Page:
Compass.  The first and simplest method is to use the magnetic or gyro compass.  For example, if you take-off and then head north and return to the same airfield later on, your return will be on a southerly heading.  You could perhaps have a quick look at a map and the place you are flying to is west of the airfield.  So you fly out west and continue for 20 minutes before returning.  On your return you fly back east for 20 minutes.  That is about as simple navigation as you could make.

ADF.  You may however want to make use of radio navigation aids for greater accuracy.  The simplest is the ADF, the Automatic Direction Finder.  You'll need to consult some maps or charts to find these but there are dozens of beacons dotted about, several may serve just one airfield.  For this you will have to find the frequency for one of these (NDB - Non-Directional Beacon) and enter that into the ADF on the radio stack.  If you switch on the audio for that NDB you should hear the Morse code ‘beeps’ identifying the beacon.  This helps you confirm that you are in range of the beacon and that you can confirm the identify of which beacon you are tuned into.


Once done the needle for the ADF instrument will then point to where that beacon/NDB is relative to the aircraft so long as you stay in range of it.  If the NDB is part of the locator beacons for an airfield and its approaches the range may be as little as 15 miles. But NDB's that mark airways may have a range in excess of 100 miles at altitude.  One little real aviation note here, ADF's can be notoriously unreliable if there are nearby thunderstorms, they have been known to point towards the storm!

VOR/DME.  The next kind of radio beacon is the VOR/DME.  (VOR - VHF Omni-directional Rangefinder; DME - Distance Measuring Equipment.)  These are really two beacons coupled on the same frequency, one part does the VOR (sometimes referred to as the Localiser), the other does the DME.  Taking the DME first, if you tune into one of these beacons and you are in reception range of it there will be a read-out on the instrument panel that tells you how far you are away from that beacon.  Some DME read-outs also tell you your speed relative to the beacon and how long it will take you to reach it at your current speed.  DME coupled to a VOR will have a range of over 150 miles at altitude and on its own DME is a powerful navigational tool, distance to or from that beacon, or if two beacons are used you could pinpoint your position on map without referring to a GPS.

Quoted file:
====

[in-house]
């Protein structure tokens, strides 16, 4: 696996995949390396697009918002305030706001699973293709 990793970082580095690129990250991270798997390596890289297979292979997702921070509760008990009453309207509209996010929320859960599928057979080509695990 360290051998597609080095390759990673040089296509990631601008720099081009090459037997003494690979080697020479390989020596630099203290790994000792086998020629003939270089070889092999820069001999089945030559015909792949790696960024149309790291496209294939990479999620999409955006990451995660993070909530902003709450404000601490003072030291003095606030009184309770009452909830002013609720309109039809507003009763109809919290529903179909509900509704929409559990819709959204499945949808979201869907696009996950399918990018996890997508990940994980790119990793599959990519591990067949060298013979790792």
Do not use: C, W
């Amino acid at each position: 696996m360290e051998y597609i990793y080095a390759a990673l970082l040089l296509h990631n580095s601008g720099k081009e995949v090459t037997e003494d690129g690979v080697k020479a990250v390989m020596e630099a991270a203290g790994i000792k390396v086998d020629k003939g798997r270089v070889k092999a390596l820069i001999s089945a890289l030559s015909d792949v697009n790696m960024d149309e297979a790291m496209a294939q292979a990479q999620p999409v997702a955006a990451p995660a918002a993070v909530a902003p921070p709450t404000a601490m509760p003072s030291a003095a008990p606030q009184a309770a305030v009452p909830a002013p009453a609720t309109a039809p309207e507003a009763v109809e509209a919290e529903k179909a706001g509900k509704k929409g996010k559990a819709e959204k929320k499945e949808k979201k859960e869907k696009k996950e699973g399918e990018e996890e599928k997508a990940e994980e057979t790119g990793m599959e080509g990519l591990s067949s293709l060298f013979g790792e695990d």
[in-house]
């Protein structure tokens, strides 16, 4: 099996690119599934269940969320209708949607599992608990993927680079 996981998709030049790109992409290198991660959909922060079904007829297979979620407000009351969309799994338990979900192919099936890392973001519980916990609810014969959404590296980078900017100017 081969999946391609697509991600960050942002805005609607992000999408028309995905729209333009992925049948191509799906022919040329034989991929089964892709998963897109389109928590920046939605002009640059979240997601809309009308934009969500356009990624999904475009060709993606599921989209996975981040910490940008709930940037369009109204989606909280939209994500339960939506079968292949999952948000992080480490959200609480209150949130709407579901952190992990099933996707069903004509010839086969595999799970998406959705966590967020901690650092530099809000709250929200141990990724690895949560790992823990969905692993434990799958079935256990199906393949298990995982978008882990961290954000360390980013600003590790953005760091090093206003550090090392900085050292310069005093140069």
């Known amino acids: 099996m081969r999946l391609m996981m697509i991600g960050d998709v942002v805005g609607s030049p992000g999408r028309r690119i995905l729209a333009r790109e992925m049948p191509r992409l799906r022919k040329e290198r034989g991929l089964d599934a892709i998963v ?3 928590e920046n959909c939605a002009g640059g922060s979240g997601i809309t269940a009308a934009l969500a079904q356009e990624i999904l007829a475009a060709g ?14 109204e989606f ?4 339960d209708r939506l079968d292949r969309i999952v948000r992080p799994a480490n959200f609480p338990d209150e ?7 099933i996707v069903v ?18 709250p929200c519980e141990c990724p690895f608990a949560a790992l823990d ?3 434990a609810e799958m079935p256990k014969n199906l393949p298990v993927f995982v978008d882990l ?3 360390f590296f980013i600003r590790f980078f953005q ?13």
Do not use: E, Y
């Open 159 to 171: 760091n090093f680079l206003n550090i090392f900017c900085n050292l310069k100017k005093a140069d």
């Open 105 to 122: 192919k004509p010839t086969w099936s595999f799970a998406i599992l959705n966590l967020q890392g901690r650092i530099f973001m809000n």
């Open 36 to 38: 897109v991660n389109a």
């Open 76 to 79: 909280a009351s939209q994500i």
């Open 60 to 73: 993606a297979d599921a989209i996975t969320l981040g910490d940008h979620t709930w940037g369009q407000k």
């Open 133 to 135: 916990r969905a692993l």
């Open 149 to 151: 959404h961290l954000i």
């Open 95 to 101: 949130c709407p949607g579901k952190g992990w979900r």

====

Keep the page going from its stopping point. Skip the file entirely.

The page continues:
The VOR works in a similar fashion to the ADF, but is more accurate, more reliable, and has more functions.  You tune into the beacon on the radio stack and the instrument should show some activity, usually the needle swinging one way or another.  Also, like ADF it has audio so you can hear the Morse code identity of the beacon you are tuned to.  Some aircraft avionics will display the identity code letters for you to help you ensure you are tuned to the correct beacon.


On the VOR instrument (or elsewhere with 'glass cockpits') you will see a knob on which you can set a course, either to or from that beacon.  Say for example you wish to make a westerly course to a beacon but are not flying west just yet.  If you then dial a course of 270 degrees into the instrument the needle will deflect one way.  If the needle deflects to the left (or right) steer left (or right) of a course of 270.  When you intercept that heading the needle will centralise.  Now turn onto the course of 270.  You will now be heading west towards that beacon.  To confirm this look at the instrument and there should be a little flag that says 'To' or a flag that points up.


This method of navigation works in reverse as well and you could be flying away from a beacon at a set course.  The needle will deflect one way or the other if you are off course. Also, there may be a little flag that says 'From' or points down to confirm your outbound track from the beacon.  You may imagine that each degree of the compass is a like a single spoke of a wheel radiating out from the beacon.  The idea of VOR navigation is to find one or more of those spokes and fly along it, either to or from the beacon.  This practice is known as flying 'Radials'.  For example you may be to flying on a heading of 135 degrees to a beacon, in which case you could be said to be 'Flying the 135 radial to (Ident) VOR'.


You will need to have access to aviation charts or books to find where these beacons are and what their frequency is, but this information can also be found in FSX's 'Flight Planner'. Many airfields have their own VOR/DME beacons and many of these beacons are dotted about, often where airways intersect.  Lastly, you can make use of VOR/DME's with either the Nav 1 or Nav 2 radio settings.  For more advanced route planning and navigation you could use both Nav 1 and Nav 2 radios tuned to different beacons.  Also, with most NAV radios having an active AND standby frequency it is possible to use up to 4 beacons, two at a time, for navigation by switching frequencies.

ILS.  The ILS system of beacons is a special case and will provide a pilot with crucial information for approach and landing on an ILS equipped runway.  The information picked up by the navigation radio and instruments in the aircraft has 3 primary parts: 1. Runway centreline (Localiser); 2. Approach and descent path (Glideslope); 3. Distance to runway (DME).  The whole ILS set-up is finely tuned and has a range of 25-30nm.